Educated, by Tara Westover – a review by Reem Seraj
I have a strange relationship with books, my criteria is a little odd. I tend to mostly listen to my books, as it affords the ability to dive into literaturewhile I get on with my housework and cooking after coming home from a demanding job. I love hearing the Authors voice while they read their own memoirs, their creations and their stories. There is a magic in listening to the writers voice tell you their story.
Although Educated wasn’t narrated by the Author, the comparable Julia Whelan took me on Tara’s journey of how she got Educated. I found Tara to be factual, kind and relatable in so many ways. Throughout the book I wanted to understand what she had managed to stir in me that made me apprehensive to continue listening, but yet wanting to know how her story played out.
This book is poetic, Tara Westover writes beautifully. In her debut memoir, she tells us her story of how she grew up in the shadow of an Idaho Mountain, living in a survivalist Mormon family, growing up with no schooling or modern medicine, oppressed by abuse, trauma through to her awakening and becoming educated. For someone who didn’t have the exposure most of us did to education and the literary world, she not only overcame her circumstances and the horrors of her childhood, but managed to gain a PhD. Mastering the written word, and having a NYTs best seller. I have no doubt that reading the book of Mormons and the sermon of the prophets over and over again, singing in Christian choirs and the exposure to that level of literary writing had a huge impact on her own style of writing.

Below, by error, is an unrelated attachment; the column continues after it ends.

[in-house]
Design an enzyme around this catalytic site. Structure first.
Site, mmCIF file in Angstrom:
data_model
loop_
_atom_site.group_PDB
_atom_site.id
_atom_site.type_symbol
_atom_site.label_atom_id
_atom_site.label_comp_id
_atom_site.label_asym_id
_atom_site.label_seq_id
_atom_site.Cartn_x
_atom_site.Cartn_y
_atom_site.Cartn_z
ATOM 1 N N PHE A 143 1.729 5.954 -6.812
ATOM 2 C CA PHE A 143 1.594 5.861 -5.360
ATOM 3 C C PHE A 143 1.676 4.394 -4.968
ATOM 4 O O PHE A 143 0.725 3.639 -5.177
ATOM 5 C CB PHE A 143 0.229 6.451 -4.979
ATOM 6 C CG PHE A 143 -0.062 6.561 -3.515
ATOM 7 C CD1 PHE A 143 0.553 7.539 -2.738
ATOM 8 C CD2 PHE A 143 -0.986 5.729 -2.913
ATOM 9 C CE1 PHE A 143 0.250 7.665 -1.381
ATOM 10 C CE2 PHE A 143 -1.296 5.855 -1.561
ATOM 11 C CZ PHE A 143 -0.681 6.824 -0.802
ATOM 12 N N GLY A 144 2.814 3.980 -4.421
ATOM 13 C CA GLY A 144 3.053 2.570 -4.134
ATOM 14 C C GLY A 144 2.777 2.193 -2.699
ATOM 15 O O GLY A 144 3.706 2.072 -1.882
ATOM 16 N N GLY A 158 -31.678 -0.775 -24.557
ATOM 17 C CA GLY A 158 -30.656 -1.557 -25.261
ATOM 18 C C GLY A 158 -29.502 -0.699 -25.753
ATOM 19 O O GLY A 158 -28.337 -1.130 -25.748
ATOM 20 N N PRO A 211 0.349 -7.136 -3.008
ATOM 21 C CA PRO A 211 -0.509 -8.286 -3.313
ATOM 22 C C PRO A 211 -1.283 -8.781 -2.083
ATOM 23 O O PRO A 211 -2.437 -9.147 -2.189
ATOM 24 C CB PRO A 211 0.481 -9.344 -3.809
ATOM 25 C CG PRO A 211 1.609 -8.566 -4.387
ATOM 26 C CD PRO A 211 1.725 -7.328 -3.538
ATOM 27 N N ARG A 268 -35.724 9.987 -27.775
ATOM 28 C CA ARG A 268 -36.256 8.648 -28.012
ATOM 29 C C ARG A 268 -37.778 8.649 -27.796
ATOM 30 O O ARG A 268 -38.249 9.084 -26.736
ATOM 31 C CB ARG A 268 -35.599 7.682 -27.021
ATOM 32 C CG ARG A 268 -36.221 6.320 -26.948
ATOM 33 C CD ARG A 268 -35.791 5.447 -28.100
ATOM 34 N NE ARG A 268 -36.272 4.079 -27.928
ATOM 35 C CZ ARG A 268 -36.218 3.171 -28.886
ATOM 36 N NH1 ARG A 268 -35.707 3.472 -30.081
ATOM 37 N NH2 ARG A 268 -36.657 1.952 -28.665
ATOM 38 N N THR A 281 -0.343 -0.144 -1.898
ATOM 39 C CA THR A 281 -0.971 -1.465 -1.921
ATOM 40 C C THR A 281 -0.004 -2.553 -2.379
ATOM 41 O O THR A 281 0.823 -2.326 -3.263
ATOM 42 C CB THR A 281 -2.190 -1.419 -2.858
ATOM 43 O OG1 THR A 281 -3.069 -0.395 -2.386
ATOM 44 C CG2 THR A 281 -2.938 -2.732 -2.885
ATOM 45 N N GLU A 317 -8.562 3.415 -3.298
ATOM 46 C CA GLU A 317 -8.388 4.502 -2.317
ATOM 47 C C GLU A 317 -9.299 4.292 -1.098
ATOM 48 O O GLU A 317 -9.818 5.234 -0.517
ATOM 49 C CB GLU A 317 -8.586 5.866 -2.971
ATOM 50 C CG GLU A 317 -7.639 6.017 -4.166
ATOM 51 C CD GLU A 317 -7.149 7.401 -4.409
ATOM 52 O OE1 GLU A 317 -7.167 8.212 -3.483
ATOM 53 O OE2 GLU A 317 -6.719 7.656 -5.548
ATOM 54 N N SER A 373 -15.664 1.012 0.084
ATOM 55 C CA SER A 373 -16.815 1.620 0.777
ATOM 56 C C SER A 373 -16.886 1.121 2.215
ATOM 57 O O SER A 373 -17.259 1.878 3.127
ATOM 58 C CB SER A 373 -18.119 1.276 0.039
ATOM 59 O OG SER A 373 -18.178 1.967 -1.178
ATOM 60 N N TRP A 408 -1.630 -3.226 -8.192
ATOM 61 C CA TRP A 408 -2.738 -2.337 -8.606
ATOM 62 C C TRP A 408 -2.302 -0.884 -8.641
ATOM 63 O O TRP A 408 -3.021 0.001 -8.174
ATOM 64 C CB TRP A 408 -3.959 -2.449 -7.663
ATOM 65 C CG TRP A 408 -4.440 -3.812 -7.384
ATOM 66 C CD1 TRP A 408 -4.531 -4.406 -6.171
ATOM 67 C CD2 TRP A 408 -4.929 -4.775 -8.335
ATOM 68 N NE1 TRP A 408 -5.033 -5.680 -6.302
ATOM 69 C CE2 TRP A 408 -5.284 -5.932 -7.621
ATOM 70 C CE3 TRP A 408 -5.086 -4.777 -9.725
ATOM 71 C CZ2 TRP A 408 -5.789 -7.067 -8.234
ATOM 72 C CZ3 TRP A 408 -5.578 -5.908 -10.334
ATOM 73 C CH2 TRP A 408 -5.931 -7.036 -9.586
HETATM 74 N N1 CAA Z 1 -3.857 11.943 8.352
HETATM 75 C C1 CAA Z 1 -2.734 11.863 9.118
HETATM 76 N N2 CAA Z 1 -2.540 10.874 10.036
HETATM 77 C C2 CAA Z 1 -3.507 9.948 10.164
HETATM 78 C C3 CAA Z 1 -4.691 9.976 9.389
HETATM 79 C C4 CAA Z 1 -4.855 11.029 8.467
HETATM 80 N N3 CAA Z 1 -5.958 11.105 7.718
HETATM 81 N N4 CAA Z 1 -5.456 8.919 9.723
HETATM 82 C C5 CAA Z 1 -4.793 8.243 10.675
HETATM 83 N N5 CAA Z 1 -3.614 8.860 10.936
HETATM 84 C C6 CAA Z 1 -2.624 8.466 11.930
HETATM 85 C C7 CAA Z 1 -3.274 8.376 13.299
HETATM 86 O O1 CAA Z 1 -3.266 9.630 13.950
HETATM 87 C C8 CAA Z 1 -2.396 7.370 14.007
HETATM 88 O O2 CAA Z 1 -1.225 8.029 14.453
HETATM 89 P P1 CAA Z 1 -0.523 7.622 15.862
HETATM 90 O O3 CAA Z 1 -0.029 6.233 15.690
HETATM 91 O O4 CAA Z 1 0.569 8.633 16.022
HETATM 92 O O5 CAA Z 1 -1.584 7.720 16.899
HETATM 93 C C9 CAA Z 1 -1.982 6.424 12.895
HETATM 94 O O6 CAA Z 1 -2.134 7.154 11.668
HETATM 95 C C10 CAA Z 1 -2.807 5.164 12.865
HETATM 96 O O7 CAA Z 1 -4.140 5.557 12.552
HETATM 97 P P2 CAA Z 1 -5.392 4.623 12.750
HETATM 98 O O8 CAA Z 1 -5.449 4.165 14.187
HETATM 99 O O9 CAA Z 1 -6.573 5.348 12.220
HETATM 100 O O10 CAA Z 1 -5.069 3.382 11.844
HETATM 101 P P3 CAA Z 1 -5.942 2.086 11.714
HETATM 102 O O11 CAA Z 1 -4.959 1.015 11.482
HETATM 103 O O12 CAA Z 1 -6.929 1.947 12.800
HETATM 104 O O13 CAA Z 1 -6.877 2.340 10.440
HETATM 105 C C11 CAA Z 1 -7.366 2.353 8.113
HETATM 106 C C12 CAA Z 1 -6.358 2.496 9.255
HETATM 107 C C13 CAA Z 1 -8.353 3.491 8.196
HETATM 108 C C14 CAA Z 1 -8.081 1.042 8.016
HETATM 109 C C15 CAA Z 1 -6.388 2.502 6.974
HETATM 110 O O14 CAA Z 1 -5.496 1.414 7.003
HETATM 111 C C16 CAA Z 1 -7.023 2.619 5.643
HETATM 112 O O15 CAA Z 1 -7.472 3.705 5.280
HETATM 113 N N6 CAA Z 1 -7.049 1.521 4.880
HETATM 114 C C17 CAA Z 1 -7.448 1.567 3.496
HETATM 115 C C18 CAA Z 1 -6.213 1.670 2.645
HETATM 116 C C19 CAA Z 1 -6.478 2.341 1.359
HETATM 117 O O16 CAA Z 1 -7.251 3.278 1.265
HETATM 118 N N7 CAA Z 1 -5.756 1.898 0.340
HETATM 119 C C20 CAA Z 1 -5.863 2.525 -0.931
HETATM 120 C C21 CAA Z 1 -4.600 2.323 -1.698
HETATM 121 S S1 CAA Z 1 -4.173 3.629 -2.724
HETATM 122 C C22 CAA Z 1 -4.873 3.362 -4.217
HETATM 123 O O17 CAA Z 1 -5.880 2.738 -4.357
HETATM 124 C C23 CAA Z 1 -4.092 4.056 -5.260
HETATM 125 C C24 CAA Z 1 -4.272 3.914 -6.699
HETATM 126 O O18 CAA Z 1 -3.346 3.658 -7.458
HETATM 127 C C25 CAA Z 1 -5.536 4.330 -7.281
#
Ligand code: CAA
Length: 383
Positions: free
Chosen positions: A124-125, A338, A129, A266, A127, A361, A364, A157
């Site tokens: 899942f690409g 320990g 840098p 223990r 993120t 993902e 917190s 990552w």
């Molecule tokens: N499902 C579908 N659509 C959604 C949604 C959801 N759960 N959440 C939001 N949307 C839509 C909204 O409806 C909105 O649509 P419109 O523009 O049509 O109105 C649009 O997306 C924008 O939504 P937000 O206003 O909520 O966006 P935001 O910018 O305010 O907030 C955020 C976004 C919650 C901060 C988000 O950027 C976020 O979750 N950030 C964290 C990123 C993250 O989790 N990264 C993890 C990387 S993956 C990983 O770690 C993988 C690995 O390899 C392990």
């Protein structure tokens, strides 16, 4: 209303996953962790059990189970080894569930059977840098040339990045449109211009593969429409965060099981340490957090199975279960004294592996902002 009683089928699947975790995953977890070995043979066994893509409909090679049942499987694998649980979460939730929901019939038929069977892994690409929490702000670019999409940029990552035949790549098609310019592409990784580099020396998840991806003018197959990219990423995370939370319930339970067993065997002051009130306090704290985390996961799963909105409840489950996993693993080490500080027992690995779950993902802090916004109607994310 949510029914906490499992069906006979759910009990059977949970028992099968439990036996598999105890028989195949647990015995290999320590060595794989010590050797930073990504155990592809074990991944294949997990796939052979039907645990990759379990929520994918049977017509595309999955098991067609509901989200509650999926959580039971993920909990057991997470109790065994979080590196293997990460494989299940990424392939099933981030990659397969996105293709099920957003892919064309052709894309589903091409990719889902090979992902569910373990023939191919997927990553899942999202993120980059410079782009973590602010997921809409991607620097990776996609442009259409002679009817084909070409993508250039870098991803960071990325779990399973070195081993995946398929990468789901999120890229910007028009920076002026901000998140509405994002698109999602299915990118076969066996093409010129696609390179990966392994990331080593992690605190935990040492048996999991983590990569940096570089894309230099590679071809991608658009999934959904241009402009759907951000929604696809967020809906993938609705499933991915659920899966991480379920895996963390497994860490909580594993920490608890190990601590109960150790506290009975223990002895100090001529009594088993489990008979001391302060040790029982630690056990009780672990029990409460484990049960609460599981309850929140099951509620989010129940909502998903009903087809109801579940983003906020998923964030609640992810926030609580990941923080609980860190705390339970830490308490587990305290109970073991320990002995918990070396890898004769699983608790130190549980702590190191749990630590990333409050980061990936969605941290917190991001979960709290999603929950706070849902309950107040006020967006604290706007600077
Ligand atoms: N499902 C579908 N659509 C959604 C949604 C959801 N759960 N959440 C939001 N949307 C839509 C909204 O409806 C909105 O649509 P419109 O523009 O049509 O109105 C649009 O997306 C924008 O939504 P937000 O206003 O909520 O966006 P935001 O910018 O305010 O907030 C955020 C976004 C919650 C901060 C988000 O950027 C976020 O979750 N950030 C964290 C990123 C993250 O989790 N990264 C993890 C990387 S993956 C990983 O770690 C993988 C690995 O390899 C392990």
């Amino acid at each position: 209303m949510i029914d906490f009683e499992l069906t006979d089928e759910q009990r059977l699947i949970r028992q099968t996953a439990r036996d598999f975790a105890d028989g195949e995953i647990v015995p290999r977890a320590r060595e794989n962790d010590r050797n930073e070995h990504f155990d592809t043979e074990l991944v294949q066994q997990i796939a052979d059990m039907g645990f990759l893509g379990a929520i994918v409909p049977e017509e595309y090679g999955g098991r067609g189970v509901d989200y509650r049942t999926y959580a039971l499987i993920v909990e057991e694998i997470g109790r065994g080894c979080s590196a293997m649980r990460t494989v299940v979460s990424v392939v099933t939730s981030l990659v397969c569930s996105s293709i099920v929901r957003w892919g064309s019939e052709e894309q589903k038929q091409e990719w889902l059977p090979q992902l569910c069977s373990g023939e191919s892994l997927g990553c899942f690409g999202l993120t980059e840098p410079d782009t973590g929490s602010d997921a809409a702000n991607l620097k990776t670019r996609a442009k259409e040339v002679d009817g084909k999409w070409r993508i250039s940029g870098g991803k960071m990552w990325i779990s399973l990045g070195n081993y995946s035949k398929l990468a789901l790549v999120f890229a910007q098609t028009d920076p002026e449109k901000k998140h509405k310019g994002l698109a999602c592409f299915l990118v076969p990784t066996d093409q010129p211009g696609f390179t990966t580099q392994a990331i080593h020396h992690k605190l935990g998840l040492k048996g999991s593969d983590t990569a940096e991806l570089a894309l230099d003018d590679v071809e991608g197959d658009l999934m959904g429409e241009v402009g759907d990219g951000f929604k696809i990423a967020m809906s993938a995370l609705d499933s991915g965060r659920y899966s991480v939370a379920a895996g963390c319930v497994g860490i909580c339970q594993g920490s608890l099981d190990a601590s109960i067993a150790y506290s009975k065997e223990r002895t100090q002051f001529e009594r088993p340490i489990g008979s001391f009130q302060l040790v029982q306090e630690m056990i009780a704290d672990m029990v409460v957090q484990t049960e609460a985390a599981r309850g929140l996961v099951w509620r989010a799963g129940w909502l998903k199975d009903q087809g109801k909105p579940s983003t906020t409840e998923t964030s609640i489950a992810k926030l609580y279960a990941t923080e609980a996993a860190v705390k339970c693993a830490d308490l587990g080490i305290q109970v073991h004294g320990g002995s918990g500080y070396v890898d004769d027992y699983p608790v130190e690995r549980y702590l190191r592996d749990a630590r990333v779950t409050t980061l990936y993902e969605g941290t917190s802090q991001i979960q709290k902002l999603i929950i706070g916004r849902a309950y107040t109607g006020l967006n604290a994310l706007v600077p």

This book spoke to me, and I have no doubt to my entire book club, because we are the generation that lived through the Islamic education of the “awakening” drummed into us, written by fundamentalists. We were the chosen people, we were going to heaven and every other none believer to hell. The closed off environment of the mountains of Idaho is no different to some parts of the deserts of Arabia, we are both land locked, with no rivers or oceans to expose the people to different cultures and beliefs brought by travelers. This created a ripe breeding ground for religious zealots to burn fear, and hatred of anything that was unfamiliar into the masses. When I say this about my country I say it with love. This land, this desert raised me and made me who I am. Have no doubt that I my blood runs green, and I am a proud Saudi female. I am simply pointing out the similarities between the two environments which I accept as part and parcel of my home.
I know girls like Tara, who have been abused at the hands of their bothers, and fathers, purely because they could and because they were girls who needed to be tamed, to be silenced, to learn to be subservient and obedient. With no right to a thought of their own, or a voice to question or speak out. And the painful thing is, they, much like Tara, didn’t even know they were being abused and they rationalized it.